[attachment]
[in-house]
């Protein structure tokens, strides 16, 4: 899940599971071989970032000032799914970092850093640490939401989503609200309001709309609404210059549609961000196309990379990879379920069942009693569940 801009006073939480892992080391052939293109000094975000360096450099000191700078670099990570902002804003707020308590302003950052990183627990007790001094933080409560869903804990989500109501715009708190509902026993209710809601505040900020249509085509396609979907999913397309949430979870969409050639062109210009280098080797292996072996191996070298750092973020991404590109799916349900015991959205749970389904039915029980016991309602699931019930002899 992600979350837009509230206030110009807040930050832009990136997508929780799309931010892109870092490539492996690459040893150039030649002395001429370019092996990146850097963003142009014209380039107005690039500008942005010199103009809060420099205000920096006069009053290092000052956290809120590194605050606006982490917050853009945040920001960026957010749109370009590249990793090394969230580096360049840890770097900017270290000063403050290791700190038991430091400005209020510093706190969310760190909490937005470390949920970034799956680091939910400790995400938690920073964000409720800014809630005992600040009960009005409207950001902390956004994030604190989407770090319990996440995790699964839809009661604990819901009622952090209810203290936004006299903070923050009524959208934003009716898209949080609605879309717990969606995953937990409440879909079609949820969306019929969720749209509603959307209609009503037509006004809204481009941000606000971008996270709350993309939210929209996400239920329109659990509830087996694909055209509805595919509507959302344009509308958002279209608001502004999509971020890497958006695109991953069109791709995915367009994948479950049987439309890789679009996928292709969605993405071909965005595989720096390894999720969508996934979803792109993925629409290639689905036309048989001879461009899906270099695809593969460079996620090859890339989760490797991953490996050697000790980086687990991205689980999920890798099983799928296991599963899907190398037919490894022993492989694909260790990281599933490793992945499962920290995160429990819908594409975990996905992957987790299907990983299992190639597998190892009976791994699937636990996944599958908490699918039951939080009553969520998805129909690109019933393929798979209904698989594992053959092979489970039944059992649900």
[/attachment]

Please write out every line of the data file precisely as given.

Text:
[in-house]
């Protein structure tokens, strides 16, 4: 899940599971071989970032000032799914970092850093640490939401989503609200309001709309609404210059549609961000196309990379990879379920069942009693569940 801009006073939480892992080391052939293109000094975000360096450099000191700078670099990570902002804003707020308590302003950052990183627990007790001094933080409560869903804990989500109501715009708190509902026993209710809601505040900020249509085509396609979907999913397309949430979870969409050639062109210009280098080797292996072996191996070298750092973020991404590109799916349900015991959205749970389904039915029980016991309602699931019930002899 992600979350837009509230206030110009807040930050832009990136997508929780799309931010892109870092490539492996690459040893150039030649002395001429370019092996990146850097963003142009014209380039107005690039500008942005010199103009809060420099205000920096006069009053290092000052956290809120590194605050606006982490917050853009945040920001960026957010749109370009590249990793090394969230580096360049840890770097900017270290000063403050290791700190038991430091400005209020510093706190969310760190909490937005470390949920970034799956680091939910400790995400938690920073964000409720800014809630005992600040009960009005409207950001902390956004994030604190989407770090319990996440995790699964839809009661604990819901009622952090209810203290936004006299903070923050009524959208934003009716898209949080609605879309717990969606995953937990409440879909079609949820969306019929969720749209509603959307209609009503037509006004809204481009941000606000971008996270709350993309939210929209996400239920329109659990509830087996694909055209509805595919509507959302344009509308958002279209608001502004999509971020890497958006695109991953069109791709995915367009994948479950049987439309890789679009996928292709969605993405071909965005595989720096390894999720969508996934979803792109993925629409290639689905036309048989001879461009899906270099695809593969460079996620090859890339989760490797991953490996050697000790980086687990991205689980999920890798099983799928296991599963899907190398037919490894022993492989694909260790990281599933490793992945499962920290995160429990819908594409975990996905992957987790299907990983299992190639597998190892009976791994699937636990996944599958908490699918039951939080009553969520998805129909690109019933393929798979209904698989594992053959092979489970039944059992649900």